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Orpheus Leading Eurydice from the Underworld

Today I saw my favorite painting again.

Every few years I have the chance to see it again, and each time I see it my impression is different.

The first time I saw this painting was in a museum brochure. Riding home in the bus from a school trip, I read descriptions of the Houston Museum of Fine Arts' permanent collection and studied the paintings. I fell in love with this one.

A couple of years later, I saw the painting in person. I was thrilled beyond measure. It was much larger and more vividly colored than I had imagined.

Years later I saw it again.

Today was my third time, I think, to see this painting. Since my last viewing I have seen a great many paintings by Corot and his contemporaries and have become familiar with the Romantic movement with which his art was involved. In fact there is a companion piece to this one in the Kimball Art Museum that I can visit as much as I like.

This time I was struck simultanenously by a diminuitiveness in the painting as compared to my memories, and also by the poignancy of the subject matter. In previous years, I felt overwhelmed by the largeness of the canvas and the vagueness of the subject, but today I received a distinct impression of the central figure.

She was for me an Ophelia being led by the hand by a vibrant man teaching her how to leave, pulling her from the depths of her underworld toward life. Dependent upon another for her rescue, she follows him listlessly, only he will fail to liberate her from the underworld, still a half-alive thing in contrast to his lively nature.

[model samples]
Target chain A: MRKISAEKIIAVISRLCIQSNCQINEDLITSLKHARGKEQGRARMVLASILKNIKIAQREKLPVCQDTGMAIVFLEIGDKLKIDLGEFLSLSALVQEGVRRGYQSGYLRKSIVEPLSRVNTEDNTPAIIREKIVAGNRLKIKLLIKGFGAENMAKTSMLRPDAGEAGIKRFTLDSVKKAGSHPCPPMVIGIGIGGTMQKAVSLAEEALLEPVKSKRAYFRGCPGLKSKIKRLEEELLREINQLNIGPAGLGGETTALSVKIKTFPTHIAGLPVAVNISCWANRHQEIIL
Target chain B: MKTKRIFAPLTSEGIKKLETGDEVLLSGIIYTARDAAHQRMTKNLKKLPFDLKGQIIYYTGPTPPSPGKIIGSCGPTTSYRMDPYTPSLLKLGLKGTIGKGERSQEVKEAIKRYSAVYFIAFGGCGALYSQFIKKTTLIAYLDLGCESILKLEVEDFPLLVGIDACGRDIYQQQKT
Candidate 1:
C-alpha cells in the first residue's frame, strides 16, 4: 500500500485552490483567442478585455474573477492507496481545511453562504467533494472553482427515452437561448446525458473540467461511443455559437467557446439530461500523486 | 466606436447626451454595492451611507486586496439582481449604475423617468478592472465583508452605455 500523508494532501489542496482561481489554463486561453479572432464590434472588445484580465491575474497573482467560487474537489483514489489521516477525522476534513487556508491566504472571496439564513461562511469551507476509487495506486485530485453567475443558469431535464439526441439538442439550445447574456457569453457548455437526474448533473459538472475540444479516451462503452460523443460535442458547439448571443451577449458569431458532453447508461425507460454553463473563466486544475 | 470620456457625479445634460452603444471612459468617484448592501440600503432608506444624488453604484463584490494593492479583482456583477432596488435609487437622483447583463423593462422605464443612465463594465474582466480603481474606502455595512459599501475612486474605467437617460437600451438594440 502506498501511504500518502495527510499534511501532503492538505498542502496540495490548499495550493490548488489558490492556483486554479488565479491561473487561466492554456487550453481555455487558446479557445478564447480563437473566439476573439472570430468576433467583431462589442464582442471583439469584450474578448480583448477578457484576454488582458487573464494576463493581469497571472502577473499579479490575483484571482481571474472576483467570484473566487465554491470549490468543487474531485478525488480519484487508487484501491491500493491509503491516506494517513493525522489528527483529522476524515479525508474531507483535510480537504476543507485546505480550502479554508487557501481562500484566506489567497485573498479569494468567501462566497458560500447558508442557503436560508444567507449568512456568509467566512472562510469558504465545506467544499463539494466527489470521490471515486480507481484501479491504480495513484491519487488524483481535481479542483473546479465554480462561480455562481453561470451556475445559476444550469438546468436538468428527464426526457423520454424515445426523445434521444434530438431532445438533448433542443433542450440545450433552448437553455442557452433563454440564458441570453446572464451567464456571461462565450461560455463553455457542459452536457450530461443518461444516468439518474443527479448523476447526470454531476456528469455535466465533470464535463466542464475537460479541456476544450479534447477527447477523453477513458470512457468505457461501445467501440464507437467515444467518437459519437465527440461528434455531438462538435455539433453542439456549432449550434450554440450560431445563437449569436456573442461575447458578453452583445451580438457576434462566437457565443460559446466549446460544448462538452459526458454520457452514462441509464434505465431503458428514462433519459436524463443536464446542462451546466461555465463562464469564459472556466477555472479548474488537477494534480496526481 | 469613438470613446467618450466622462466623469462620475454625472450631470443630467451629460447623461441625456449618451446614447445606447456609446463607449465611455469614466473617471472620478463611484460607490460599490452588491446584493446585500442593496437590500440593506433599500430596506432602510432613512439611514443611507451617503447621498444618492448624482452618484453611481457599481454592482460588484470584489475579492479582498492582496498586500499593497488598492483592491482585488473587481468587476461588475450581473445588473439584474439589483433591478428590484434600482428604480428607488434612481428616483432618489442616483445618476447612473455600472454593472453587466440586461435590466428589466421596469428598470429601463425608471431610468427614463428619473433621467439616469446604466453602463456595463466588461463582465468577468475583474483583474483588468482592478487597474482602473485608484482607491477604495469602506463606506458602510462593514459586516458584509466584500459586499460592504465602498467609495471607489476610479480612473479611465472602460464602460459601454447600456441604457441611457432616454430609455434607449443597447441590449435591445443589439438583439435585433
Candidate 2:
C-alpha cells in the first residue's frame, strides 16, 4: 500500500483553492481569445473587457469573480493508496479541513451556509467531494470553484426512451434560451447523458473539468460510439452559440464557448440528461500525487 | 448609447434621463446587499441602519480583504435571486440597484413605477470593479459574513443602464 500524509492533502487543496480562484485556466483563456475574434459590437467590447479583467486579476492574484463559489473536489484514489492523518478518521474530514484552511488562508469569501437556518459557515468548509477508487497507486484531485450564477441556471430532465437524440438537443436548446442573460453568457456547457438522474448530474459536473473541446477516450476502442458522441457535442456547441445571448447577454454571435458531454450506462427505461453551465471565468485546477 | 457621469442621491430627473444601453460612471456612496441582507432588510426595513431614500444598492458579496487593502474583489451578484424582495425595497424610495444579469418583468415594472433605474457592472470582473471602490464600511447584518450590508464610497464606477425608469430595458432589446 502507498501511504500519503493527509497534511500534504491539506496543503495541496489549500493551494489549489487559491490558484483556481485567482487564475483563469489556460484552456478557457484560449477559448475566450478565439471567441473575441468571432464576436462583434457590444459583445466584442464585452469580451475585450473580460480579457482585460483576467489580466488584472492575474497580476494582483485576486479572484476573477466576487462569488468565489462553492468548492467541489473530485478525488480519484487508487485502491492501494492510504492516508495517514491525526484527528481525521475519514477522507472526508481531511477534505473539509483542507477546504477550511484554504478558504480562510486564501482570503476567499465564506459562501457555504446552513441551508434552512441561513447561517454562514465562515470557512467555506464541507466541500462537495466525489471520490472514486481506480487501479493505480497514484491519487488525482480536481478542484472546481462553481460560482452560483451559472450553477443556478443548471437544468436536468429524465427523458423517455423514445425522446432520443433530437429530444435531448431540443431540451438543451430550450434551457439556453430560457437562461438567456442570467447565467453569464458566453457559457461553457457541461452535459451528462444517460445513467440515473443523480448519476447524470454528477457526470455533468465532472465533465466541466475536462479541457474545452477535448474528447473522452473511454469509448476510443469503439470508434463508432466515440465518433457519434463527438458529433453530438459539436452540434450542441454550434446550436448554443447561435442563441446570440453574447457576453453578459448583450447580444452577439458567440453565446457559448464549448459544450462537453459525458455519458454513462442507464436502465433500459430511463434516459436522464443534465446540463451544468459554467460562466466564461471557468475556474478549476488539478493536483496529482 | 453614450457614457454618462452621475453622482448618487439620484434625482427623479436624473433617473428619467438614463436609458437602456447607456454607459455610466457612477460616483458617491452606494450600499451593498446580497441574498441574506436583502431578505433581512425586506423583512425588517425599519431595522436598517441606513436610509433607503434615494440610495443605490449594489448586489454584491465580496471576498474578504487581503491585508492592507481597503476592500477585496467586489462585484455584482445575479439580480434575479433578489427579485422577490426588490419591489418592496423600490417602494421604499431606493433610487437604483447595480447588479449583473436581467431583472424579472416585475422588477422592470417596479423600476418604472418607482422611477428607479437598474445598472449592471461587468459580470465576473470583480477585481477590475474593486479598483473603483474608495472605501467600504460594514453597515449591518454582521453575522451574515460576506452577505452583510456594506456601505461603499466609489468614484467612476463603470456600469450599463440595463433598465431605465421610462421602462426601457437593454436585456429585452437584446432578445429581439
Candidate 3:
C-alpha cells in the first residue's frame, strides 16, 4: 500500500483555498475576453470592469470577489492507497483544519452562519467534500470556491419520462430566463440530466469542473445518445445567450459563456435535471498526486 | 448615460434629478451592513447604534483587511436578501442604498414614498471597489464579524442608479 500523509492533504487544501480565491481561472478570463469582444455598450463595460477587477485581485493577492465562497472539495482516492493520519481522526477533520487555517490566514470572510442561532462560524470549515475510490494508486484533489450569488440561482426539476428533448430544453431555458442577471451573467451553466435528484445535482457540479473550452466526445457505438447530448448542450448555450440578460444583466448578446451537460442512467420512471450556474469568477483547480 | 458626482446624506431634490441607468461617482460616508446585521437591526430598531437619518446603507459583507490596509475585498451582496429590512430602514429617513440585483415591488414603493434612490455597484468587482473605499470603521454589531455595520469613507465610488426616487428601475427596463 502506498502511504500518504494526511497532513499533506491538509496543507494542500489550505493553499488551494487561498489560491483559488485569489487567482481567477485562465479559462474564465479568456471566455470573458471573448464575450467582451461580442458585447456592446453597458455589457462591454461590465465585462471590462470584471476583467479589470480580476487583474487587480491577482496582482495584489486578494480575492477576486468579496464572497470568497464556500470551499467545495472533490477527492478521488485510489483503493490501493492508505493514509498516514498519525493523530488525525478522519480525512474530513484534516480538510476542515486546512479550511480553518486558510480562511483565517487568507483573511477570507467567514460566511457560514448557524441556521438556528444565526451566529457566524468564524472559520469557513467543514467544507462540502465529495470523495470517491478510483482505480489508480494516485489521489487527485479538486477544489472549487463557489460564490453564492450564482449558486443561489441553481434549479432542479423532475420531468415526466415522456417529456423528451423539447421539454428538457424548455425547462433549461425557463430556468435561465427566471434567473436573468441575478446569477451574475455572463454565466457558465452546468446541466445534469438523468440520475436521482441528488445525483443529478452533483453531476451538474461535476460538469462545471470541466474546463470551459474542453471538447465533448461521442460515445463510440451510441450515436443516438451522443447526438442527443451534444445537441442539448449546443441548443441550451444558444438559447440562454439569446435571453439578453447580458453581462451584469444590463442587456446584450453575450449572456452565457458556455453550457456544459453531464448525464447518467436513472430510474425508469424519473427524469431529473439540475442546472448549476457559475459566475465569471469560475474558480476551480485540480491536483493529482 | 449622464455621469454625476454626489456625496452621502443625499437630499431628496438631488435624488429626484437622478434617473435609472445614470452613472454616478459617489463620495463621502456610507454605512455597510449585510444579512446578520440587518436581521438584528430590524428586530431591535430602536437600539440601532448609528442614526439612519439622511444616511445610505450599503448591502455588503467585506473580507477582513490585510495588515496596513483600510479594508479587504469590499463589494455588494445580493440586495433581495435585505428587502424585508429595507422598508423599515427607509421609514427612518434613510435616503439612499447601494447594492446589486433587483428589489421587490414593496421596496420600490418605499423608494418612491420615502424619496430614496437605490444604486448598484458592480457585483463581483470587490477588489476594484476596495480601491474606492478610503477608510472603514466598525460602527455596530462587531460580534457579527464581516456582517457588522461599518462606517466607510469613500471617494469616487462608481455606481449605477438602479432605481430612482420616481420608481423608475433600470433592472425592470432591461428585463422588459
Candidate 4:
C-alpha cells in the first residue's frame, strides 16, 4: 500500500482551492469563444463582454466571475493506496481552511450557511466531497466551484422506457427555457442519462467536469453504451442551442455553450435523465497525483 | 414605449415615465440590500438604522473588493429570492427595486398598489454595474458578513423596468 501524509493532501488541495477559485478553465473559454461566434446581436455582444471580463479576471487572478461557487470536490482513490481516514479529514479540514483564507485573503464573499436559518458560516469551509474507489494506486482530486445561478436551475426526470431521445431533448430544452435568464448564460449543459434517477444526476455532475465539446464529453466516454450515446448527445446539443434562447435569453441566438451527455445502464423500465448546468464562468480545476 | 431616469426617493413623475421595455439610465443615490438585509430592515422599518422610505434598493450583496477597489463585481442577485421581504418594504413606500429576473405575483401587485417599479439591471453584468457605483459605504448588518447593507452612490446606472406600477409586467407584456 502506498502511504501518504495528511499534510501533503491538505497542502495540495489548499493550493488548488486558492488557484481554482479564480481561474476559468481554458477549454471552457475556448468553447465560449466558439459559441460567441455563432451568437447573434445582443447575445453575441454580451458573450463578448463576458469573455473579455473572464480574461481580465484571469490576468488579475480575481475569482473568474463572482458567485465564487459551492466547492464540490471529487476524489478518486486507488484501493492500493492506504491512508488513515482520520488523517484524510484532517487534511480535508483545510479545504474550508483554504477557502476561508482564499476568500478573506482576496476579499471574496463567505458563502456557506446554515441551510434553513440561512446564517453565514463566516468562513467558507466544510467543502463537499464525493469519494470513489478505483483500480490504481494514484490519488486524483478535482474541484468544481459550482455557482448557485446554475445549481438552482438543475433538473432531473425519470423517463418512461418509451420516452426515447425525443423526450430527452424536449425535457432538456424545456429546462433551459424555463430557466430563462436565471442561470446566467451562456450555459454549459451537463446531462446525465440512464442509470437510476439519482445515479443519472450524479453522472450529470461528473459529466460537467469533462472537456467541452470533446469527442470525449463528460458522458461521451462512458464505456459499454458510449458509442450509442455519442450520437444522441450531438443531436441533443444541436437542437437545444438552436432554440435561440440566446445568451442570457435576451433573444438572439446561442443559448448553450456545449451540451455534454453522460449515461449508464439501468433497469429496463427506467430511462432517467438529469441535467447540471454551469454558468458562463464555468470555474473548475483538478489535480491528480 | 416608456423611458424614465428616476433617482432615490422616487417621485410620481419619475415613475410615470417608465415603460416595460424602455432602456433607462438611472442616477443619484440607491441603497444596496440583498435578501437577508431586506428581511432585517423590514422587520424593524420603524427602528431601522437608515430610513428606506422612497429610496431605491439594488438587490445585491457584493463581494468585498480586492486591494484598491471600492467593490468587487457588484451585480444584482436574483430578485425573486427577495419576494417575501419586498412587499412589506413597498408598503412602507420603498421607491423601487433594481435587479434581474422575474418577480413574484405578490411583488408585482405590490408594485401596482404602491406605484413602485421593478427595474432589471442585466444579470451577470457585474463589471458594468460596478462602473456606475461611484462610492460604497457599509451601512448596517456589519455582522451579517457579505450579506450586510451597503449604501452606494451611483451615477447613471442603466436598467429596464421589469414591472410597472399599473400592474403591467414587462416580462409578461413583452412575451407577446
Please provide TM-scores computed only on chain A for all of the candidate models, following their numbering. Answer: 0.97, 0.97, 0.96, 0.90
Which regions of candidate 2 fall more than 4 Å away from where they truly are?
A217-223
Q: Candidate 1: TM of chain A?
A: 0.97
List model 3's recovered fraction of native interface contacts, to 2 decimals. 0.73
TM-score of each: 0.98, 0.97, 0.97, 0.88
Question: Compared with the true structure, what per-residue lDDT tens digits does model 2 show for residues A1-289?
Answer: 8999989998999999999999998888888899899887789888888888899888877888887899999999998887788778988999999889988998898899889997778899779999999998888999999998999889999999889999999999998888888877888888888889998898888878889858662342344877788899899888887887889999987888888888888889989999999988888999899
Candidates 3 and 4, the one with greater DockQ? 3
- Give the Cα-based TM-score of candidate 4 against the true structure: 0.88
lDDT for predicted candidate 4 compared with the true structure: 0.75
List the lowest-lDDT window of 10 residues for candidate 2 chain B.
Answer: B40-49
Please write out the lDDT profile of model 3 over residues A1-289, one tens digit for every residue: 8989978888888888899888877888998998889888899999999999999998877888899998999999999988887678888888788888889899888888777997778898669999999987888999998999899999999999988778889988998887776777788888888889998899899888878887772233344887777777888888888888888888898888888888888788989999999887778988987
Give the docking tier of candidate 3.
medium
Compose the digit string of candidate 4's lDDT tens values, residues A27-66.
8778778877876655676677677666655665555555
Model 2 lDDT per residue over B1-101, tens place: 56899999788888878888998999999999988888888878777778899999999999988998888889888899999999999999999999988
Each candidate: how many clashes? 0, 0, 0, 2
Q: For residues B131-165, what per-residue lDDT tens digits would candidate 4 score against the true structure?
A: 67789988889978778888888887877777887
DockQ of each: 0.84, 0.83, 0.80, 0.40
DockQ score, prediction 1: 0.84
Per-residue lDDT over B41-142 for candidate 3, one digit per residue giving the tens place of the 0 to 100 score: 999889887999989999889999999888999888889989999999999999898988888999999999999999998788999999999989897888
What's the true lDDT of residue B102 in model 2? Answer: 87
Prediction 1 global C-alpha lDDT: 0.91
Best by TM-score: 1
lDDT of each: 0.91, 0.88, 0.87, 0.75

When I first saw this painting, I was a child, and my personality was not developed, but I can clearly see that I was drawn to it from the depths of my nature that had not yet expressed themselves.

As dark as it may seem, I affirm this subject's similarity with myself. It is played out darkly in my life, but it can also be charming. After our visit to the museum, there was awe and attraction in my gaze as I watched my husband consume an enormous blueberry tart after his ham and potato raclette, while I complacently sipped coffee after sipping a bowl of soup. I enjoy watching life as much as, maybe more than, participating.

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